Today’s moms and dads want to give their kids memorable parties just like they had, but with a two-income household, it’s difficult to find the time to plan and organize all this stuff. And even moms or dads who don’t work often feel that a really creative party is beyond their capabilities. But if you’re creative, then you can be the life of the gala with a children’s party planning business. You’ll plan the theme, provide costumes (unless guests arrive wearing their own), décor, food, favors and other assorted goodies, entertainment, and clean up afterward so parents can enjoy the festivities instead of running themselves ragged. And you can do more than birthday parties–go all out with Halloween, Christmas, Chanukah, end-of-school and end-of-summer parties–whatever you can dream up and sell. The advantages to this business are that your startup costs are low, it’s creative and it’s always fun–heck, you get to go to birthday parties every working day! Besides that all-important creativity, you’ll need the organizational skills to pull everything together and do it smoothly so that everyone has fun. You should also know what kids like today so that you can plan parties around the cartoon character or hit movie of the hour. And you’ll need to be a people person who can make sure that no shy child gets left out of the fun and no sensitive parent gets miffed at being left out the picture.

The Market

Your customers will be parents and kids who just wanna have fun. Send brochures to moms and dads in your area. Write fun, informative articles for local newspapers. Place ads in the Yellow Pages and in local publications. Network among the kiddie set and post fliers (with the owners’ permission) at dance and karate studios and other children’s hang-outs. Donate a party to the lucky winner of a charity auction–always good publicity–and give free parties to friends who’ll spread the word. Be sure to take pictures for your portfolio.

Needed Equipment

All you really need is a planning book and a telephone. If you specialize in a certain type of party, like dress-up tea parties or wild animal parties, you’ll want to lay in a stock of costumes and makeup for guests to put on.

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A Woman to Watch: Lindsay Avner


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Ever had a conversation with someone who just blows you away? I had that experience chatting with Lindsay Avner, Founder and Executive Director of Bright Pink. Avner is a vibrant woman with a remarkably inspiring story. She has an extremely strong family history of both breast and ovarian cancer. At the age of 23, Avner made the controversial decision to undergo a preventative mastectomy, making her the youngest woman in the country to have the procedure.

Going through this, Avner became acutely aware of the limited resources available to inform young women about their risk of developing breast and ovarian cancer, and what they can do to prevent the diseases. Since then, Avner and the team at Bright Pink have focused on the education, early detection, and prevention of breast and ovarian cancer for young women.

What inspired you to start Bright Pink?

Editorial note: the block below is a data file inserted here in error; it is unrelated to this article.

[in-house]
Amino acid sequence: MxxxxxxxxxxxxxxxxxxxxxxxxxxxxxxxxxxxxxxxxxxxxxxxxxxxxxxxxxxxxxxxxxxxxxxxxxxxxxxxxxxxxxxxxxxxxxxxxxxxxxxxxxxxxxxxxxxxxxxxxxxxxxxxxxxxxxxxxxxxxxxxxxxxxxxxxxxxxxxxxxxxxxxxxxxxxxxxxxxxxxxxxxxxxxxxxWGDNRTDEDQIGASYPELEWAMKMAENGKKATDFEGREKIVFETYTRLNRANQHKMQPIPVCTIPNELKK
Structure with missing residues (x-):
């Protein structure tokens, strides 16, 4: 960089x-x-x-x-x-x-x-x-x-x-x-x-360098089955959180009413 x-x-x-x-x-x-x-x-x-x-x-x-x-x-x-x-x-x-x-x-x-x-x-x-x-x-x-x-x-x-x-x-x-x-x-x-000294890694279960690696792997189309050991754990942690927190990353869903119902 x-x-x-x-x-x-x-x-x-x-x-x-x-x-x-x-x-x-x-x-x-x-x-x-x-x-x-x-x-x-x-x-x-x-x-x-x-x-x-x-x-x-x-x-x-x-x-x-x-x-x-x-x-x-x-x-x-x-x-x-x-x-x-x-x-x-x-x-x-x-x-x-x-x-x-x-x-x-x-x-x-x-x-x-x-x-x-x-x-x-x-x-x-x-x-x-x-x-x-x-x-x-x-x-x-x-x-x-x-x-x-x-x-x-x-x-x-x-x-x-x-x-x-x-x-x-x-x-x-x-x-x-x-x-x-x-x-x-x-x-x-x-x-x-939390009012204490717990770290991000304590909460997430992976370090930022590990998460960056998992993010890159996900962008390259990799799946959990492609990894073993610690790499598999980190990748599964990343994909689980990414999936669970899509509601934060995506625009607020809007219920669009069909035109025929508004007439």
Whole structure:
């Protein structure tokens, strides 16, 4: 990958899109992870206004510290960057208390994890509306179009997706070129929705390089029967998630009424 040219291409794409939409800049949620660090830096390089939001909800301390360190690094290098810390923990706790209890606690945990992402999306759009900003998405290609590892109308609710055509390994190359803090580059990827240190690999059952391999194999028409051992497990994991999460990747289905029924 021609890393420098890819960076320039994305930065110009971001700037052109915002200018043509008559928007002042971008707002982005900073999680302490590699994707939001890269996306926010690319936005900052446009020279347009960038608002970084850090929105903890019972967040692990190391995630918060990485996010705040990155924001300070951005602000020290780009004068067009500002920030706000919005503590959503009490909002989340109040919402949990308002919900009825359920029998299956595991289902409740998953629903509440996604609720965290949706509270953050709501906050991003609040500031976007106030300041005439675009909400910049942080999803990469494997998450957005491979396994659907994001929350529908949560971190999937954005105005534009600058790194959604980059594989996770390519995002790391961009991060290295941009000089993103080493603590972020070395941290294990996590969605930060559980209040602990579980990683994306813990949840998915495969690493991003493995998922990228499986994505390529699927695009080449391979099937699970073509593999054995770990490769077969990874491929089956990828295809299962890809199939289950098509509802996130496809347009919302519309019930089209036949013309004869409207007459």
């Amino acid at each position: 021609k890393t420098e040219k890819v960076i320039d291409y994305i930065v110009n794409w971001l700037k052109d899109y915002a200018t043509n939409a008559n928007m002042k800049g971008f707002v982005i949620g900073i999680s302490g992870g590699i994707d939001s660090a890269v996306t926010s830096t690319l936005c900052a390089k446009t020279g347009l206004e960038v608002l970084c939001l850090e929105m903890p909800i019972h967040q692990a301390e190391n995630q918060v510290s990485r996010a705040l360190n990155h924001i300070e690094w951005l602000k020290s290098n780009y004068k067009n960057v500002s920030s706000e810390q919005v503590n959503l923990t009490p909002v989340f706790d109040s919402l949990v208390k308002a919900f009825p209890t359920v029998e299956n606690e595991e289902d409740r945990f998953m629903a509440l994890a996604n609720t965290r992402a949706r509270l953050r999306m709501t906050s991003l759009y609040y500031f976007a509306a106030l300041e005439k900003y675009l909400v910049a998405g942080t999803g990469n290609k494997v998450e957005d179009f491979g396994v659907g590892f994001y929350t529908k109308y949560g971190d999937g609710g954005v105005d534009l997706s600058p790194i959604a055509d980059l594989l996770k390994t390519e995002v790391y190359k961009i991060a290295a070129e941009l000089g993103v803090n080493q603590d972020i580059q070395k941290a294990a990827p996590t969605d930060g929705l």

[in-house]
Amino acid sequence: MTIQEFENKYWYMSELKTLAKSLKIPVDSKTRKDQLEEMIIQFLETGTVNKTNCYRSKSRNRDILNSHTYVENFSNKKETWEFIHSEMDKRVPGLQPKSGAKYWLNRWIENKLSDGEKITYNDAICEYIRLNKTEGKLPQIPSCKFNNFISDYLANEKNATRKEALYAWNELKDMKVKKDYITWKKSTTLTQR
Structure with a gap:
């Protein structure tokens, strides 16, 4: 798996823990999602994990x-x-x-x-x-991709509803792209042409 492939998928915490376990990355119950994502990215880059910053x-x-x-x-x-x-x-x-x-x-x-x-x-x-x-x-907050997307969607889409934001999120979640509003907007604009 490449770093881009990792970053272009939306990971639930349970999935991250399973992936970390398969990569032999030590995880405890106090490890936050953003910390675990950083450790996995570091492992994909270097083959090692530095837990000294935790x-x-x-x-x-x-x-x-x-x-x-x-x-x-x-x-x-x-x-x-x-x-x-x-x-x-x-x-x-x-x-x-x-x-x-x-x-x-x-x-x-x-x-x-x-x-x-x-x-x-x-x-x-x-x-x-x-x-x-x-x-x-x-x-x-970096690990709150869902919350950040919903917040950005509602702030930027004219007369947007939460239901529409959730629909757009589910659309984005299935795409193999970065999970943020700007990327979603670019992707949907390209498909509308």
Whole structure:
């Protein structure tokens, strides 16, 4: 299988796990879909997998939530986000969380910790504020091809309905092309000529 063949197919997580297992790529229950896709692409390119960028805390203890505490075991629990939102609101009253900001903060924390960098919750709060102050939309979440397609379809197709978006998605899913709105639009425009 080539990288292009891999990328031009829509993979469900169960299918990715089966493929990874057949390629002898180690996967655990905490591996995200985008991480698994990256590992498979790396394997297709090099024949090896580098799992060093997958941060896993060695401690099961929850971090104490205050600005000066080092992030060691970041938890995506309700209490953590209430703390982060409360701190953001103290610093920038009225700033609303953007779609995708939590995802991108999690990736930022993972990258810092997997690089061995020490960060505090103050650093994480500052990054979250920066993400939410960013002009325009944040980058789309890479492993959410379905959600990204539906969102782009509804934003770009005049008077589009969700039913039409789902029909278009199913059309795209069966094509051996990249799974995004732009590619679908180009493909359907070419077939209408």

Both my grandmother and great grandmother died a week apart from breast cancer before I was born, at ages 39 and 58. There were 11 other women from both my mom’s maternal and paternal sides of the family, including my mother, with signs of these diseases. To say I have a family history is quite an understatement.

I was very involved with Susan G. Komen for the Cure and Research for the Cure growing up, but I never thought I would have to deal with what it meant for my own health at such a young age. When I was 22, genetic testing revealed that I tested positive for the BRCA1 gene mutation. What this meant is that, if the average woman has a one in eight lifetime risk of developing breast cancer (about a 12% risk), I had up to an 87% risk of developing the disease. If the average woman has a 1% chance of developing ovarian cancer, I had a 54% risk myself.

Originally, I enrolled in several high-risk screening programs including MRIs, mammograms, and clinical breast exams. In the end, I came to the decision that I didn’t just want to look for cancer. I decided to have a preventative mastectomy when I was 23.

At that time, there weren’t any resources focused on my situation: a young woman who didn’t actually have cancer, but had a very high risk for developing the disease. Going through that experience really prompted me to ask myself, “What can I do to fill this niche in the cancer community?”

So what is your goal with Bright Pink?

Our focus is two-fold: education and support. Our goal is to help young women understand their own risk for developing breast and ovarian cancer, to inform them of strategies they can put in place in their 20s and 30s to be proactive with their breast and ovarian health.

We also support those who are high-risk and are going through difficult things like genetic testing, surgery, or losing a parent to cancer. When I started Bright Pink in 2007, it became clear very quickly that there were other women out there with situations similar to mine, who had always wanted to do something to be proactive about their breast and ovarian health. We’re there for them.